I don’t know how to express what I want to say about seeing a deer, its back legs broken by a car, struggle across four lanes and a fenced median strip while we were on our way to see our daughter’s dance at college.
Two young women, in separate cars, who saw the deer hit by a man who did not stop were helping her get out of extremely intense traffic. The one who crossed the road with the deer – a pregnant doe – told of several men who tried to film the deer’s struggle with their cameras to post on YouTube. The young women had called 911. We called again, several times. I found our exact location on my iPhone and called it in. Paula and I and the young woman – I never got her name – stood where the deer had gone into the brush. The young woman had to leave, we reassured her we would stay. We stood for an hour as cars, trucks and buses raced by. Only one other person stopped to see if we needed help. Another woman.
When the police finally came, he was extremely nice and honored our watch and thanked us. He went up the hill and into the woods, he reassured us he saw the deer and he would shoot her. We heard the shot. Several minutes later another shot and the man came down, thanked us again, said the deer was in a better place.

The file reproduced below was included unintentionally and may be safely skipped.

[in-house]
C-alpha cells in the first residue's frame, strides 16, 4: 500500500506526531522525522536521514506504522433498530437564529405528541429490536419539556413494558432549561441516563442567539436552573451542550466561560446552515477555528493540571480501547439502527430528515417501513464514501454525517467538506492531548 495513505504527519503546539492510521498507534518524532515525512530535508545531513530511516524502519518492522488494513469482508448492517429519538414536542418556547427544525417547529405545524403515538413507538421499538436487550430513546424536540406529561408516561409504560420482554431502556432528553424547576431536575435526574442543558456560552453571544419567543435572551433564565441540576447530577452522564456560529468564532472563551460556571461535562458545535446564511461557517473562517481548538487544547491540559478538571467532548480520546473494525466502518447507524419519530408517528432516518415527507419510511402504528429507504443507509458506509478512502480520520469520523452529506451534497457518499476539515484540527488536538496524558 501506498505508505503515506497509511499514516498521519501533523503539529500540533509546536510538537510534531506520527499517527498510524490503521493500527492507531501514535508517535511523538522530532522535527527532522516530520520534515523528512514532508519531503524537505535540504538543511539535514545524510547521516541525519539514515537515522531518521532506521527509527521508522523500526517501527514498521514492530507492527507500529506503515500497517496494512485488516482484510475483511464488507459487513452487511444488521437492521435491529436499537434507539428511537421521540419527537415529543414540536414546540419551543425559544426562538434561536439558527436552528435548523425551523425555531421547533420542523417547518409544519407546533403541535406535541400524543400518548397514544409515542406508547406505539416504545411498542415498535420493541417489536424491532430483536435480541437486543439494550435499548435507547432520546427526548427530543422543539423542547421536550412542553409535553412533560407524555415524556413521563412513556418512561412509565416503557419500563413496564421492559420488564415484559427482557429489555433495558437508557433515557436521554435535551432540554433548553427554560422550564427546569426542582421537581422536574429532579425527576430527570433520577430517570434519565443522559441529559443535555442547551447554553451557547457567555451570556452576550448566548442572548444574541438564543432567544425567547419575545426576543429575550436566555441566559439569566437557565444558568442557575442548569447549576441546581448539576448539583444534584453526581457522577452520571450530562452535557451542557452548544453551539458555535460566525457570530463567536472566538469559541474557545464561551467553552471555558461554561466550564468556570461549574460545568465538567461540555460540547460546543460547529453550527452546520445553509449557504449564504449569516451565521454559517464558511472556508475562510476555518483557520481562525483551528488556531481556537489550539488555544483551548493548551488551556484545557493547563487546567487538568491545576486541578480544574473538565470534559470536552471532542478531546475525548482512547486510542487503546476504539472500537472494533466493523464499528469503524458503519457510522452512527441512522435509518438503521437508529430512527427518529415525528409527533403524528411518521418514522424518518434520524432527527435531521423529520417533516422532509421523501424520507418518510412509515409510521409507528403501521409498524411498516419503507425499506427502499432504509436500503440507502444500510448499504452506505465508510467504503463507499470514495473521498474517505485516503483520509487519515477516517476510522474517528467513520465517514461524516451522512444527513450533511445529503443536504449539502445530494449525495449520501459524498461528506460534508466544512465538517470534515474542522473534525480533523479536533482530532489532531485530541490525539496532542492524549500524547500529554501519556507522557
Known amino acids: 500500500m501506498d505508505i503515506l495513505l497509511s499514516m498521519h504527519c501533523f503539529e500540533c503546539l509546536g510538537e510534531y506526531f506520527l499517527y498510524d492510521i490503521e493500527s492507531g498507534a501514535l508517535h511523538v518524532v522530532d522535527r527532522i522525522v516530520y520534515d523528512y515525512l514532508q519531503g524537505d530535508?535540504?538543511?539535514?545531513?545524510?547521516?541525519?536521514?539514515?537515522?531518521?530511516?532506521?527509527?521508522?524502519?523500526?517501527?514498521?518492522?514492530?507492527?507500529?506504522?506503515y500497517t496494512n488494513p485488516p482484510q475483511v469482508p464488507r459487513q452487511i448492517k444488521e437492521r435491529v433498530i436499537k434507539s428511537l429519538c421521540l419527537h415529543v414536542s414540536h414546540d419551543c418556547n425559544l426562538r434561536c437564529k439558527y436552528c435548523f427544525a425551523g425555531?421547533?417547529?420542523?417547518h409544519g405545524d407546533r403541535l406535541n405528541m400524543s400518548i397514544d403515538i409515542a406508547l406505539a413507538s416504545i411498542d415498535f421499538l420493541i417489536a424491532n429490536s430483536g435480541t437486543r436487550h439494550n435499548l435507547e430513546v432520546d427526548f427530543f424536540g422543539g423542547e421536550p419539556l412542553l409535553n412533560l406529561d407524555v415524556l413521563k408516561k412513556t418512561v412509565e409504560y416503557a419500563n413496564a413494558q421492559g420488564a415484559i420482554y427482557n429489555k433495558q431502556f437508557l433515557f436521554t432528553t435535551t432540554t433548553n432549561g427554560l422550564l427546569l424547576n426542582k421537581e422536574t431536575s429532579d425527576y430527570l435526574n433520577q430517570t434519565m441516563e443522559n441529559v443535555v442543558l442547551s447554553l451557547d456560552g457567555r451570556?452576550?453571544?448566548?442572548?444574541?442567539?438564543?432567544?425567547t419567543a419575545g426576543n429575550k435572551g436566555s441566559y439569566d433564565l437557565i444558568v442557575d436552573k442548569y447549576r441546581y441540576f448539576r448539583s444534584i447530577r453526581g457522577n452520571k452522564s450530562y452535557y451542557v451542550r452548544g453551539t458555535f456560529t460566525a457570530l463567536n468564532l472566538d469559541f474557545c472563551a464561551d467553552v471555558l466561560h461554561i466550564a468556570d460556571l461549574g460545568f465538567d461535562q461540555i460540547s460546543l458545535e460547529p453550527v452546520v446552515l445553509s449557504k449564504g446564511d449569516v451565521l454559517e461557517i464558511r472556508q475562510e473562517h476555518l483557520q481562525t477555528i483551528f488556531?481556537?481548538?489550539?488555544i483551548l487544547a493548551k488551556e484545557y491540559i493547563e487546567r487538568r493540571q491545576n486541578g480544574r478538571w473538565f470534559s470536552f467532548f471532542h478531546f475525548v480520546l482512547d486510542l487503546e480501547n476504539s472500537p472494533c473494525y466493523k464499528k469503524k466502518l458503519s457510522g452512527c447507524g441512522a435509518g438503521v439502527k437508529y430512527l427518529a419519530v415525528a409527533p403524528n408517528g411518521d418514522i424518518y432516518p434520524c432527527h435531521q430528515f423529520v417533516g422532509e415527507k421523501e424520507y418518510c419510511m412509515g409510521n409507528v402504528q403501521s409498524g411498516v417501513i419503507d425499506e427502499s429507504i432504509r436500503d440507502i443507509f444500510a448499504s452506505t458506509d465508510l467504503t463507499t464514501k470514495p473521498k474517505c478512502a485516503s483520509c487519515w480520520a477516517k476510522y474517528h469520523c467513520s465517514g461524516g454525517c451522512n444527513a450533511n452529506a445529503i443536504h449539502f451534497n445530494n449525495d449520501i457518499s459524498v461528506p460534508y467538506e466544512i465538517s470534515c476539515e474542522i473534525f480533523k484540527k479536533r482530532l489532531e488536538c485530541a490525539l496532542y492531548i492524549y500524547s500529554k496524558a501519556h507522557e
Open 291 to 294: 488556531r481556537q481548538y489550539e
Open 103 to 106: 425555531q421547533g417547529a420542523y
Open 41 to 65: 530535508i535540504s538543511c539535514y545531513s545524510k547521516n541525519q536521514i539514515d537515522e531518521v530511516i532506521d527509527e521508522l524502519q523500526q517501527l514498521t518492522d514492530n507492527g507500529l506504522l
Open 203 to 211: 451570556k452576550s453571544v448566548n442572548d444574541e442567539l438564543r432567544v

During the hour we waited I reflected a bit on the men in my life. How so many men I love have told me they don’t have men friends, they don’t connect with them. They have women friends, they talk to women, go on walks, eat meals with women. I think I got it. I would not be interested in someone filming this horrific sight. I would not want to be with someone who couldn’t share wanting to put this right. And in this case it did mean killing. There was no other choice, it was the humane act of the moment.
I’m sure that the many thousand people who passed us in that hour or more were not all heartless men. I am sure that most people do not know what to do. They do not want to feel the intolerable feelings we carried with us as we five women watched and waited for help to come. I don’t blame them but I wish there was more courage.
I wish mothers of boys could teach them vulnerability. I wish fathers could hold their growing young sons in an embrace of new born love their whole lives. I wish teachers could touch students, I wish touch was sacred. I wish courage was more ordinary.